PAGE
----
Studies have also shown that mortality salience increases the appeal for charismatic leaders and incumbent politicians. Studies conducted during the elections of 2004 and 2016 both showed that control groups favored the Democrat candidates, and mortality salient groups preferred the Republican candidates. According to Tom Ridge, former Homeland Security secretary, the Bush administration’s raising the nation’s terror alert level days before the 2004 election was designed to boost support for President Bush. One can argue this was manipulation of mortality salience for political purposes.
Mortality salience can also be engendered through a phenomenon called death thought accessibility (DTA). Various reminders of death threatening situations, imagined threats, or mortality-related concerns such as immigrants moving next door, or a mosque being built in one’s neighborhood post-9/11 are instances of DTA. Examples of defenses of one’s self-esteem and worldview, which can be defenses against death anxiety, include nationalism, increased prejudice, and risky sexual behavior.
Other DTA effects that can affect individuals and groups include increased prejudice against minorities by members of the majority, negative reactions to challengers of their worldview, negative reactions to critics of their iconic leader, and rejection of negative reports against their leader, political party, and affiliations. Going beyond the science for a moment, I speculate that if nationalism is a result of DTA, as is attraction to iconic leadership, then a charismatic leader espousing to be a nationalist would reinforce the effect. Donald Trump continues to consciously or unconsciously manipulate fear, mortality salience, and death thought accessibility with references to a border crisis and keeping America safe. At the same time, anyone criticizing Donald Trump’s description of himself as a nationalist may produce a feedback loop of resentment, anxiety, increased nationalism, and increased support for Mr. Trump.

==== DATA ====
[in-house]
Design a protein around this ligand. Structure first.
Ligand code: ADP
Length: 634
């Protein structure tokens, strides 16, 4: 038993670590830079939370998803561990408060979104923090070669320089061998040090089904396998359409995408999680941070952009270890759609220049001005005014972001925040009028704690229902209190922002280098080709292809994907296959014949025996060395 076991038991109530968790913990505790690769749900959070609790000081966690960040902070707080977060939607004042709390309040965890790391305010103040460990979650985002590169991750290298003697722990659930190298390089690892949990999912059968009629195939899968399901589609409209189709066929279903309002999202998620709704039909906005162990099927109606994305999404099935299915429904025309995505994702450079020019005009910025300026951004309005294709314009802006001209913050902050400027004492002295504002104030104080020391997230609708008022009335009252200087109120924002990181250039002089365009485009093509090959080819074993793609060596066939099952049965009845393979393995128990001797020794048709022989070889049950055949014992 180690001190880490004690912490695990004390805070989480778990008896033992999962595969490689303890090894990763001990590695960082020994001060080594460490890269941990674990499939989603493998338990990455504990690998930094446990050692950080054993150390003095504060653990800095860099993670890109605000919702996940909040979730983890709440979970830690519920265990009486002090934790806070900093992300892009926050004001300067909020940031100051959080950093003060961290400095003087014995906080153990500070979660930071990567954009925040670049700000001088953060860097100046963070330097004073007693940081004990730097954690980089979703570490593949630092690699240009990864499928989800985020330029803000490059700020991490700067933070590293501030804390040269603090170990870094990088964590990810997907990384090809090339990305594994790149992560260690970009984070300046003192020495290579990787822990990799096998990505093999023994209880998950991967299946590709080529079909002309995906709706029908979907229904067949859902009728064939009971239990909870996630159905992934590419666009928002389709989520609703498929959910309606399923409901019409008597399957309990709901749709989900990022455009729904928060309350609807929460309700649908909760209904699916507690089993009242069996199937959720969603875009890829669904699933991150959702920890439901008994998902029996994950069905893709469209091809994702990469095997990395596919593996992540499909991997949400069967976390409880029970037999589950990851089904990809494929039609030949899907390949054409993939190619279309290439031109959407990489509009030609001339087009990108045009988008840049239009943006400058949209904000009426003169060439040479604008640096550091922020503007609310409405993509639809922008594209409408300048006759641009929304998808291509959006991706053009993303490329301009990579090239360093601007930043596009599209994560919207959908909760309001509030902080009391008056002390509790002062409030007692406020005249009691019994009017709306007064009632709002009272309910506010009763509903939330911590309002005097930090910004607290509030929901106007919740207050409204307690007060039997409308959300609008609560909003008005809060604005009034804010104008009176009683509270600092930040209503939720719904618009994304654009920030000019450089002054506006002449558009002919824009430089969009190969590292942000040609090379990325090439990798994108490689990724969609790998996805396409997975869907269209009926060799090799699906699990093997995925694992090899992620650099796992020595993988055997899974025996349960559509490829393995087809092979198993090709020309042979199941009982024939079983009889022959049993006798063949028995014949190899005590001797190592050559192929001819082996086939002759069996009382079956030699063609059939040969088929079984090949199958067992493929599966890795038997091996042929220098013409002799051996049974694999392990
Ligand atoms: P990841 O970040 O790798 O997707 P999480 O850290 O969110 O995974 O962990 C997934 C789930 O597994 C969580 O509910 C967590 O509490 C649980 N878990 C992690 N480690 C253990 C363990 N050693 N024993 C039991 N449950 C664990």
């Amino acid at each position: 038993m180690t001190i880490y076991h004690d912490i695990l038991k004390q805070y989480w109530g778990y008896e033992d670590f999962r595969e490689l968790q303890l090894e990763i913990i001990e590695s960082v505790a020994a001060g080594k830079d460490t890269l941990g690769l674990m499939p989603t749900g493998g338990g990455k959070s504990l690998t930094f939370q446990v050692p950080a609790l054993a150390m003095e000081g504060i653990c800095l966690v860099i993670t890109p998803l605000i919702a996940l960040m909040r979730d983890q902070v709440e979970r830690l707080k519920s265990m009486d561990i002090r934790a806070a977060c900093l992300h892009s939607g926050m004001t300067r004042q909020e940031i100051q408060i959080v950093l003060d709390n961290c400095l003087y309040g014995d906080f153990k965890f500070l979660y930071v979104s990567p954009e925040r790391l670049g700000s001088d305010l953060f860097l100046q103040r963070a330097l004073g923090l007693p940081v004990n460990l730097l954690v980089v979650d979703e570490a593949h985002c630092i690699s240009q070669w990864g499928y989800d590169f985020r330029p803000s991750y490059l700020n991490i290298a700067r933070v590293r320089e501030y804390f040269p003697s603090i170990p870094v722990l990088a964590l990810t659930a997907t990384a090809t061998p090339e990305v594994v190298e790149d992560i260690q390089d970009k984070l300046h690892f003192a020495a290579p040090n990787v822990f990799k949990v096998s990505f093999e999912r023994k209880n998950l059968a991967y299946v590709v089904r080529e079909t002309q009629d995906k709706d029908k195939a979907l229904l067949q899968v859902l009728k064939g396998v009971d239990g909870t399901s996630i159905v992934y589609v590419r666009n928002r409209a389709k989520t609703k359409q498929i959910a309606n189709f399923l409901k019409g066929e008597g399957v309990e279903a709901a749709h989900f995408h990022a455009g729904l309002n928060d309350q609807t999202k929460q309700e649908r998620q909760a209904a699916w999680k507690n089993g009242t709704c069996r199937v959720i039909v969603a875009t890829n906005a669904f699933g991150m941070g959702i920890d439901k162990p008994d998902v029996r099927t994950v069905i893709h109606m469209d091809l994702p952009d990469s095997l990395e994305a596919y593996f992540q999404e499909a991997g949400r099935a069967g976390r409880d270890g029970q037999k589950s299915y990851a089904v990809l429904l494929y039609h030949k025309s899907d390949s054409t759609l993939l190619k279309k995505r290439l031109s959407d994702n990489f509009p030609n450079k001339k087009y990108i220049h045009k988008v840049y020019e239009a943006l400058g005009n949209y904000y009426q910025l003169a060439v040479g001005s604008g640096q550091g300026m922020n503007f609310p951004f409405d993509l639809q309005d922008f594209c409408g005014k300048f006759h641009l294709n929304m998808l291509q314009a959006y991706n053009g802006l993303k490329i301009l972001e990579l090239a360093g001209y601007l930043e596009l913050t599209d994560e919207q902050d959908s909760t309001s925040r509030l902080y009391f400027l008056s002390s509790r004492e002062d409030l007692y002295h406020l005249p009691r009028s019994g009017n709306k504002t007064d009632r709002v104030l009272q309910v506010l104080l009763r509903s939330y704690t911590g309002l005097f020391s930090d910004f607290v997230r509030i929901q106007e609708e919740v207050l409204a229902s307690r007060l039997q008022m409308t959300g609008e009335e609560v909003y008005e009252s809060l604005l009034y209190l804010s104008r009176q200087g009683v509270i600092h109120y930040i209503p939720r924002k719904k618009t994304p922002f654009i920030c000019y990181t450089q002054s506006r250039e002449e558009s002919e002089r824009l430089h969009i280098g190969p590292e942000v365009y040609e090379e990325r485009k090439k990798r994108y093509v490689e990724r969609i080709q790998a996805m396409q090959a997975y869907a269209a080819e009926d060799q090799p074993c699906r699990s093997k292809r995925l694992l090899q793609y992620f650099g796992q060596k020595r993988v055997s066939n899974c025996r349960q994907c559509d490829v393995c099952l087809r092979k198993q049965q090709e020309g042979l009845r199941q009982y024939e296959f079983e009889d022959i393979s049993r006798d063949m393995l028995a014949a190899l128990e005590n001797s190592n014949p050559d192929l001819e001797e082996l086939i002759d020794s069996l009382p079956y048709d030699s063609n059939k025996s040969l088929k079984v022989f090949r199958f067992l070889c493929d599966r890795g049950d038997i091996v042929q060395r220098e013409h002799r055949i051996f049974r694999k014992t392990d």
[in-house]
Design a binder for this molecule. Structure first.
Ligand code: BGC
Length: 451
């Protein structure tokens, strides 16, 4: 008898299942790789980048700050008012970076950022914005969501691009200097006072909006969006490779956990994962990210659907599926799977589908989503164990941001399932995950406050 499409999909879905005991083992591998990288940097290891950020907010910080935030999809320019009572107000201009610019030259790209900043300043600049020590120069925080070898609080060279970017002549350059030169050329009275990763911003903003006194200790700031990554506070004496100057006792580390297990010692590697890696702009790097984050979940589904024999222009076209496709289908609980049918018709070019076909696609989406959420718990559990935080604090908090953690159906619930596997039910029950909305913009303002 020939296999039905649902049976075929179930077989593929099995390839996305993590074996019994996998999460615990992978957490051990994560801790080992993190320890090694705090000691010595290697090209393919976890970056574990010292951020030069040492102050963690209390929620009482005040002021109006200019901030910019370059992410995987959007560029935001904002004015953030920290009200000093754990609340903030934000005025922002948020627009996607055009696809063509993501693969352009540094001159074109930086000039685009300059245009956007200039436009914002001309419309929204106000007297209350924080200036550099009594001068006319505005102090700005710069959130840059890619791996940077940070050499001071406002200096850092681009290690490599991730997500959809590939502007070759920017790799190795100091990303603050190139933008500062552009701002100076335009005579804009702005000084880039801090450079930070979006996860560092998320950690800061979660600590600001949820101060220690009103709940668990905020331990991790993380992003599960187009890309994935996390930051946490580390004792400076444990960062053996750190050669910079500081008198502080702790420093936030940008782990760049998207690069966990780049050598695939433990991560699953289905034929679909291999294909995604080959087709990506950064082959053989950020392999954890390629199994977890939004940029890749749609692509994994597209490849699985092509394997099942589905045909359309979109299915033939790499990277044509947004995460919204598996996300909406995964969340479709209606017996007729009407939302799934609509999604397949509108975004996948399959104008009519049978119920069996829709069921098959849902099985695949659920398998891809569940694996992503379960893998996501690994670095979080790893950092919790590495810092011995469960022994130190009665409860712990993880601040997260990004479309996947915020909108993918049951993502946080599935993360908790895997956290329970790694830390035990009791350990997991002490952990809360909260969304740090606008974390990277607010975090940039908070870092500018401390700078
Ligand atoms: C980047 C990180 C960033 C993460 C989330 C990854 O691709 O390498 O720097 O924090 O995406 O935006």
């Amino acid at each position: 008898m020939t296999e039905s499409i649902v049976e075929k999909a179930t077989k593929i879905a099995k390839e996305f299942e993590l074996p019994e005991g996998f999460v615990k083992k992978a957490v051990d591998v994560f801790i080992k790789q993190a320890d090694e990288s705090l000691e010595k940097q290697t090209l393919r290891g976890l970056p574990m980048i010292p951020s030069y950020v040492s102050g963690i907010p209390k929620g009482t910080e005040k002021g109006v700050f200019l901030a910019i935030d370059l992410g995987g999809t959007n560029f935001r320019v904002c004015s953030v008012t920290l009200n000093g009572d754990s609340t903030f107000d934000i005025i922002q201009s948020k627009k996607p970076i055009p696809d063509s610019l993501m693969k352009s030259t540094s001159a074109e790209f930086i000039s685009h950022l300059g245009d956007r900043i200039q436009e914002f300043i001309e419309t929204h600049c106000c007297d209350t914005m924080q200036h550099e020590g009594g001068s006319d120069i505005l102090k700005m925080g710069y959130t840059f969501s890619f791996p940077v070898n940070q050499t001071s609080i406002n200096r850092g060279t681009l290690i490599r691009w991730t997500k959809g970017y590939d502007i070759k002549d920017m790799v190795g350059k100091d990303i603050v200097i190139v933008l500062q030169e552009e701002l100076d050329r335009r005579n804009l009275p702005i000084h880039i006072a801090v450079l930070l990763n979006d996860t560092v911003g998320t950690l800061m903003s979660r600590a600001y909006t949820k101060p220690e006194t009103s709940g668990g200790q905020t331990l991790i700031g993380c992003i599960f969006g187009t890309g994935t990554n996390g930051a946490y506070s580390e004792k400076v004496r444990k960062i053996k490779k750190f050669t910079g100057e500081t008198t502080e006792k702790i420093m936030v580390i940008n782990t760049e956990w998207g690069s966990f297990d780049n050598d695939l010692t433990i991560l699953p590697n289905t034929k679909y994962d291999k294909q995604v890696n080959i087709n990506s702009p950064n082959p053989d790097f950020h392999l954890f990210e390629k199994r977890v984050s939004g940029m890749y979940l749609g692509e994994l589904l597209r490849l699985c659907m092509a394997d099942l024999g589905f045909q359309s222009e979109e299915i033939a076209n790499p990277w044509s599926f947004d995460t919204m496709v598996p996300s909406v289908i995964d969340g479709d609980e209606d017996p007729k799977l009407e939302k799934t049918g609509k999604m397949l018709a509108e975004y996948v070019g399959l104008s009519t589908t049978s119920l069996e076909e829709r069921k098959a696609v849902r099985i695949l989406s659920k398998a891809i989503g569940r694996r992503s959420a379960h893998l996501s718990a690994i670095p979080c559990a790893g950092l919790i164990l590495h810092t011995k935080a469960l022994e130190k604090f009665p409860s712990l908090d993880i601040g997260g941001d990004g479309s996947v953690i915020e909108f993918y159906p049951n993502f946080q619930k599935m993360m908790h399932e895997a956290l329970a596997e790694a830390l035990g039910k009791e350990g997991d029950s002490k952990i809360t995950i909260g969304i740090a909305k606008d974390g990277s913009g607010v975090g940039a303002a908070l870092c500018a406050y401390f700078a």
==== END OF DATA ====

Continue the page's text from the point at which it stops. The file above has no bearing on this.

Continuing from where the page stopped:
Self-esteem has been shown to be a vitally important defense against death anxiety. If I voted for Trump and can’t admit to being wrong about him without damaging my self-esteem, I may tend to “double down” on my initial support, despite Mr. Trump’s ceaseless lies and obvious personality issues.
Similarly, if I opposed Mr. Trump, I might find it difficult to admit that his call for unity was presidential and the right thing to do without damaging my self-esteem. We saw this as pundits on cable news rushed to point out that Trump’s statements didn’t go far enough, and that he hasn’t called all of the intended mail bomb victims on the phone to wish them well. Former CIA director John Brennan said Trump should look in the mirror. Perhaps we all should.